Personally I’ve only got the one religion, the Gunners and I’m grateful that at least nowadays my chosen footballing faith is largely devoid of the sort of fanatical divisiveness that results in other religious extremists being responsible for so much of the world’s wanton death and destruction. Nevertheless, unfortunately Saturday morning proved to be one of those rare instances, when I was forced to attend an alternative temple, not wanting to upset one of my Spurs pals, by selfishly blowing out his son’s barmitzvah.
I might’ve been feasible for me to make it to the Midlands in time for KO at the Hawthorns. But instead of a risky mad dash up the motorway to the Black Country and the potential wrath of my pal for slipping away from the synagogue prematurely, I lingered for the fervent supplications of my Lilywhite mates regarding Gareth Bale and their own simian-like prophet’s speedy return to fitness, before a leisurely stroll around to our own stadium, to join a couple of thousand Gooners watching a live beamback of the Baggies game, amidst the plush environs of the Arsenal’s “Prawn Circle”.
Compared to its evergreen state these past forty years, the recent strangely mutable nature of the North London landscape was made manifest last Thursday night, as by contrast to our customary indifference, we Gooners prayed for the continued distraction of Spurs’ Europa Cup involvement and the subsequent euphoric eruption across all social media, concerning a mounting injury crisis that couldn’t have possibly been scripted better from our perspective.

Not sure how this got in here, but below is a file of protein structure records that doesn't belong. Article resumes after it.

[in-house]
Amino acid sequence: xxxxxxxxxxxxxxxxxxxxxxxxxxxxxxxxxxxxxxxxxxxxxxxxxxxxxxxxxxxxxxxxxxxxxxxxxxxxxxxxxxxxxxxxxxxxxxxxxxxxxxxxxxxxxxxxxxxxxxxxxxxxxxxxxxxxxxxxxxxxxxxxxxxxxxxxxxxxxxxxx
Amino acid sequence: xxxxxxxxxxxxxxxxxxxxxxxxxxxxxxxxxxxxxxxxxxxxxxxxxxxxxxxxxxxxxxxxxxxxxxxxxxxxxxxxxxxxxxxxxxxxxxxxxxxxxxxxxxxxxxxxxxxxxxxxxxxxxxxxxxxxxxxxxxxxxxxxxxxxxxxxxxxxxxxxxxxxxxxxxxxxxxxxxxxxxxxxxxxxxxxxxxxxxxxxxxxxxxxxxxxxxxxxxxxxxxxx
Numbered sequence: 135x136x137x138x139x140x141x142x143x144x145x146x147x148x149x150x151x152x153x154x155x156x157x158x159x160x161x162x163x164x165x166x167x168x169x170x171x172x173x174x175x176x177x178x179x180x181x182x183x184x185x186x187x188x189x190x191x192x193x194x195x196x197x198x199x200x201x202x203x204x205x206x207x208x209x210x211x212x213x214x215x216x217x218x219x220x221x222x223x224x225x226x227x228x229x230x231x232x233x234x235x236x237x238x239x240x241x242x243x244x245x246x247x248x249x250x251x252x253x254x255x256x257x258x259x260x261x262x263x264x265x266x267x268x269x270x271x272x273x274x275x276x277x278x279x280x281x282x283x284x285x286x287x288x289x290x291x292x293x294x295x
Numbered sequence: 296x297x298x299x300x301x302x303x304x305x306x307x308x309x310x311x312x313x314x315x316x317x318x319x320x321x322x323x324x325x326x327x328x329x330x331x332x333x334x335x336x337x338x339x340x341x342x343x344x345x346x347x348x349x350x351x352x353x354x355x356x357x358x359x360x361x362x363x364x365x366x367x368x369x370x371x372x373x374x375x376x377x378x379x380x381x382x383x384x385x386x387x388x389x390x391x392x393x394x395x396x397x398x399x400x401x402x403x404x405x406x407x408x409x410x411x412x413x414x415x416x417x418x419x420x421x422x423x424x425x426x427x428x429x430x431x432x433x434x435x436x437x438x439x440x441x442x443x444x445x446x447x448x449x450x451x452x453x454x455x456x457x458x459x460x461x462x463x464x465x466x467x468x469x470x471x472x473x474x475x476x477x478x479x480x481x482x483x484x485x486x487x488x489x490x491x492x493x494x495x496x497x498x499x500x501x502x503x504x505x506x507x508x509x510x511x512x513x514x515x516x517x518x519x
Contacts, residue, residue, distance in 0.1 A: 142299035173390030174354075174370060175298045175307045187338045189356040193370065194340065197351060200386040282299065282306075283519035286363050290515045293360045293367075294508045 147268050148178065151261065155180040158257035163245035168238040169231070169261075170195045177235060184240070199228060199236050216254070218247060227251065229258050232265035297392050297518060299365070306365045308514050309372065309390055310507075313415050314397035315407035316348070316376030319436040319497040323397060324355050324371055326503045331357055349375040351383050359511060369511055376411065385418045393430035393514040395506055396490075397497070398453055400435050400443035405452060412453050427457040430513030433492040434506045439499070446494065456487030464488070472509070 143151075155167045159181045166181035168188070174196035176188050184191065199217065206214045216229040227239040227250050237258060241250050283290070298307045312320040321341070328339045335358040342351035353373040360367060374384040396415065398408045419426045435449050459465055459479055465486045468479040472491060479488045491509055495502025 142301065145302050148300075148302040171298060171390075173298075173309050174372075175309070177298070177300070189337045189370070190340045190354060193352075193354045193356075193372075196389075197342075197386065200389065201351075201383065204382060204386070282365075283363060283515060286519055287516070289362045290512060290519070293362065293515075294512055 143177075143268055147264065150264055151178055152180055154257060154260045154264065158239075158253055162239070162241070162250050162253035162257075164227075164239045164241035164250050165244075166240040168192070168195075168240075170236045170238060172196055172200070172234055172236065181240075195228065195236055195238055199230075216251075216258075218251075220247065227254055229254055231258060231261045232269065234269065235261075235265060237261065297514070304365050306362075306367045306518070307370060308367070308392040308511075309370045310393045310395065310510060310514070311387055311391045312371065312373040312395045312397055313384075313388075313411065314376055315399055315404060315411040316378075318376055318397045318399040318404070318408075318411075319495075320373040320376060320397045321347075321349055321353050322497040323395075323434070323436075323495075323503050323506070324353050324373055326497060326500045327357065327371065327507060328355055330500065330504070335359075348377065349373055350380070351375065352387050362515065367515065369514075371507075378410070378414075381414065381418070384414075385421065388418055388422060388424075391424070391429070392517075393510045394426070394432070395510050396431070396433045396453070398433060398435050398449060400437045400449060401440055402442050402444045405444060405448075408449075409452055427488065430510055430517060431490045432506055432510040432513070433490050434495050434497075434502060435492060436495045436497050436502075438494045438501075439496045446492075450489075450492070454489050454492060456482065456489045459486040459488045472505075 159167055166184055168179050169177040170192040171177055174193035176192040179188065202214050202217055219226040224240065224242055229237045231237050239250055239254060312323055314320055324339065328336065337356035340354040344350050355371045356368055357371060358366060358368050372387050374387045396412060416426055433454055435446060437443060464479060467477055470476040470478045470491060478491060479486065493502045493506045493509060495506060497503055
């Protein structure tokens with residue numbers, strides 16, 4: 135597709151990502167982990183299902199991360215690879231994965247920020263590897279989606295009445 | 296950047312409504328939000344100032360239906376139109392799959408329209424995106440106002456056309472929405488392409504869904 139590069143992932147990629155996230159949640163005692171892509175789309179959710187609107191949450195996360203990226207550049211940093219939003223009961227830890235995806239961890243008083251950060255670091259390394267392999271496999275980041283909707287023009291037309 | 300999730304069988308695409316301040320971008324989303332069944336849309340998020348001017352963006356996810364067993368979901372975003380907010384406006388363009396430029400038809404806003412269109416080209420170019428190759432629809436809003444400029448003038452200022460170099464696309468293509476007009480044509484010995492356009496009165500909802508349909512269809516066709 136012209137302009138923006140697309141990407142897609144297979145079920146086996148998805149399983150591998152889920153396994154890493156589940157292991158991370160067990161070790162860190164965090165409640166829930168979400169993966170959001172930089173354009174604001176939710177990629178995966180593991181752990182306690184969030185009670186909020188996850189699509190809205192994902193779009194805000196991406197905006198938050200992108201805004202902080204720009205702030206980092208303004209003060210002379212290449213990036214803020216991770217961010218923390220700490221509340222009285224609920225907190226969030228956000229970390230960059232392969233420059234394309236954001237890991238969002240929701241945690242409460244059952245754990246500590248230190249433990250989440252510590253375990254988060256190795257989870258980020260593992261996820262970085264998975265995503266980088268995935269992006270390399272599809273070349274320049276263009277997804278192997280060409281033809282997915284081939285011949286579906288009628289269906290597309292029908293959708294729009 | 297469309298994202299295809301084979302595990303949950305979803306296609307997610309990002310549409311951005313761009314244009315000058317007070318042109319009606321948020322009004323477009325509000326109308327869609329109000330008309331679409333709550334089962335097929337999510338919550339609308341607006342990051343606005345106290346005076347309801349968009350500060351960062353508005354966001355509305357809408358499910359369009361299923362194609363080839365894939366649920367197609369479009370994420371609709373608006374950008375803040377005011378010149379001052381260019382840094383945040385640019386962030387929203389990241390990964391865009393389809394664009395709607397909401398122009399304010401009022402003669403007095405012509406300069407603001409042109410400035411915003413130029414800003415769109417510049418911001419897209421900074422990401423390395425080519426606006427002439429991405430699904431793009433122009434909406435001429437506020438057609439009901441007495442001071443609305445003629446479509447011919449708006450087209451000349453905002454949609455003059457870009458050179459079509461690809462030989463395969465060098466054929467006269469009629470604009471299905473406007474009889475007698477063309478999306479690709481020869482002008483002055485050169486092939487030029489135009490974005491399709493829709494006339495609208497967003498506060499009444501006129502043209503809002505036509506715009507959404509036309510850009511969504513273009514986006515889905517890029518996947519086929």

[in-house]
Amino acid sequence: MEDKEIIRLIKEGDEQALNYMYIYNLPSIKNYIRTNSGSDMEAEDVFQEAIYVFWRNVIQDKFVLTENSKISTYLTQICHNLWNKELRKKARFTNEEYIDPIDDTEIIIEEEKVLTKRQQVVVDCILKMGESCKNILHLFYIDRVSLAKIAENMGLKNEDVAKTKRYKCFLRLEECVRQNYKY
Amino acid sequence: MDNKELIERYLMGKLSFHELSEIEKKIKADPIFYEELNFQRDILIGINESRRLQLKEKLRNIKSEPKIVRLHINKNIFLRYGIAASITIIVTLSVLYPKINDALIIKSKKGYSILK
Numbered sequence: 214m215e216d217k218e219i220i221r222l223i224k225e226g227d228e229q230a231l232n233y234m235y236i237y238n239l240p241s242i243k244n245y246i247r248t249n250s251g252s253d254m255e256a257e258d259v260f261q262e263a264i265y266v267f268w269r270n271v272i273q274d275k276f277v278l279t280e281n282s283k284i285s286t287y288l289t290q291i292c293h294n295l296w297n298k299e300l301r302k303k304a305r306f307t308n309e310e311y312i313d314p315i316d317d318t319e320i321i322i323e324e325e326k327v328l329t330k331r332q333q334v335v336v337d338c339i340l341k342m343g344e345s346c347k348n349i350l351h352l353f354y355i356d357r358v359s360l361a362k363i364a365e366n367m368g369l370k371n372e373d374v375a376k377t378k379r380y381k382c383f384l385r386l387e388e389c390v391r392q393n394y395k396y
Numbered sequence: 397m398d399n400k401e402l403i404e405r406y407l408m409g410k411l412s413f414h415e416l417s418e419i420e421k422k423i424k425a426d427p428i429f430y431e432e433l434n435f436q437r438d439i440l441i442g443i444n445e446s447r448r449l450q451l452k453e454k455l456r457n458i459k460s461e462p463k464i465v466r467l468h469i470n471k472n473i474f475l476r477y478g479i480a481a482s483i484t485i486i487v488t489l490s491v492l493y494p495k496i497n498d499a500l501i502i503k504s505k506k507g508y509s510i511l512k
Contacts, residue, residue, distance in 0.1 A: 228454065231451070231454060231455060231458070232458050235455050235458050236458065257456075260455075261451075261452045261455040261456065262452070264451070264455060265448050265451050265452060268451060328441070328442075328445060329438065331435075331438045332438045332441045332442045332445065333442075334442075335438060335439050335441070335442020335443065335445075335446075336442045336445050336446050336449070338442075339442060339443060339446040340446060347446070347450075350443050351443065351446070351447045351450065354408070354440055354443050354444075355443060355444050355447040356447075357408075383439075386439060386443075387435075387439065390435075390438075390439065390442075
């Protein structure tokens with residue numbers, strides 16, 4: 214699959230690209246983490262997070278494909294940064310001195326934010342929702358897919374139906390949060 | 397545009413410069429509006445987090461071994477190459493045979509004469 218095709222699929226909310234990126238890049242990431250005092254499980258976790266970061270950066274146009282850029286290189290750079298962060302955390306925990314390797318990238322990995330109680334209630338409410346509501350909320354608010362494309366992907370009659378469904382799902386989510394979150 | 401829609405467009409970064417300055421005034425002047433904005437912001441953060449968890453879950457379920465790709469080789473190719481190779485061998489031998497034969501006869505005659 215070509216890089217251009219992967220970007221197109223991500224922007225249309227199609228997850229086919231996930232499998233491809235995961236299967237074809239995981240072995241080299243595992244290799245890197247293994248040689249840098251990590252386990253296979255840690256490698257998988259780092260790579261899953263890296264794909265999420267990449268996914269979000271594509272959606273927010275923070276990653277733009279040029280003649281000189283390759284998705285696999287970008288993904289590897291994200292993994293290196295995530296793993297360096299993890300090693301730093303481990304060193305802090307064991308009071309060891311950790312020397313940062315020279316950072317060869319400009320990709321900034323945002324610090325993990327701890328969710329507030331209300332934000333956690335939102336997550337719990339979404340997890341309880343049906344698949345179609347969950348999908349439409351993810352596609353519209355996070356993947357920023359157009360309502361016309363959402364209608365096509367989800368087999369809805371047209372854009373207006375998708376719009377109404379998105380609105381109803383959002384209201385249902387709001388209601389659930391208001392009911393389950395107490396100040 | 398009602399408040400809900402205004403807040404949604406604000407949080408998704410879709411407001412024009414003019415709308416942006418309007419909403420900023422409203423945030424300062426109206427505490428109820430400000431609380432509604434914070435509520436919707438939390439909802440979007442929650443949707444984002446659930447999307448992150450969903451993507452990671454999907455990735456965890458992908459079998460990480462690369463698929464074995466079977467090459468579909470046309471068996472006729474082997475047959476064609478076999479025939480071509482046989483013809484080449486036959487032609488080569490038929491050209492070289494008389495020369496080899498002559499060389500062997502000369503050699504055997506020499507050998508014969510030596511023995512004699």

Meanwhile all that really matters at this stage of the season is for the Gunners maintain the pressure and thus far we’ve managed to keep up our end, by reeling off the victories. Albeit that we’ve been fortunate in our last two games to have met the utterly dispirited Royals and a Baggies side seemingly having already put their feet up, satisfied with their mid-table security.
I was hoping that Saturday’s long awaited hint of some Spring sunshine might prove the catalyst for the Gunners to begin to produce some classy entertainment but our encounter with West Brom started off as such a low-key affair, as if both teams were principally focused on not losing the game and neither laidback outfit demonstrating the intensity of a team that was desperate to bag all three points.
I’m somewhat reluctant to pass judgement based on the TV coverage shown on the screens dotted around Club Level because with the cameras tendency to follow the ball, one lacks the overall perspective offered by being there in person. What’s more, for some strange reason, watching on TV always proves to be a far more stressful experience. I’d hoped that this might be alleviated by being sat with a large audience of Gooners, but in typically reserved British fashion, my fellow fans politely applauded every positive moment and groaned and moaned with every gaffe.
So as I sat squirming in my seat for 90 minutes, kicking every ball, there was actually little difference to watching a game indoors. With the Gunners seemingly doing their utmost to gift West Brom an opportunity to drag themselves back into the match over the last 20 minutes, by the end of it, I was bellowing frustrated blue murder at an inanimate black box, just as if I’d been sat at home in my armchair.
The postponement of Chelsea v Spurs has presented us with an opportunity to steal a march on our rivals by winning all three matches before Spurs next league outing. Yet if Saturday’s TV perspective offered one pointer, it is that Fabianski is bound to eventually come unstuck as a result of his lack of authority. And judging by the body language of the likes of Sagna and our positively flat-footed midfield, who failed to put any pressure on the ball as we desperately clung on to our victory at the death, we could badly do with the impetus offered by the return of the commited likes of Wilshere and Jenkinson.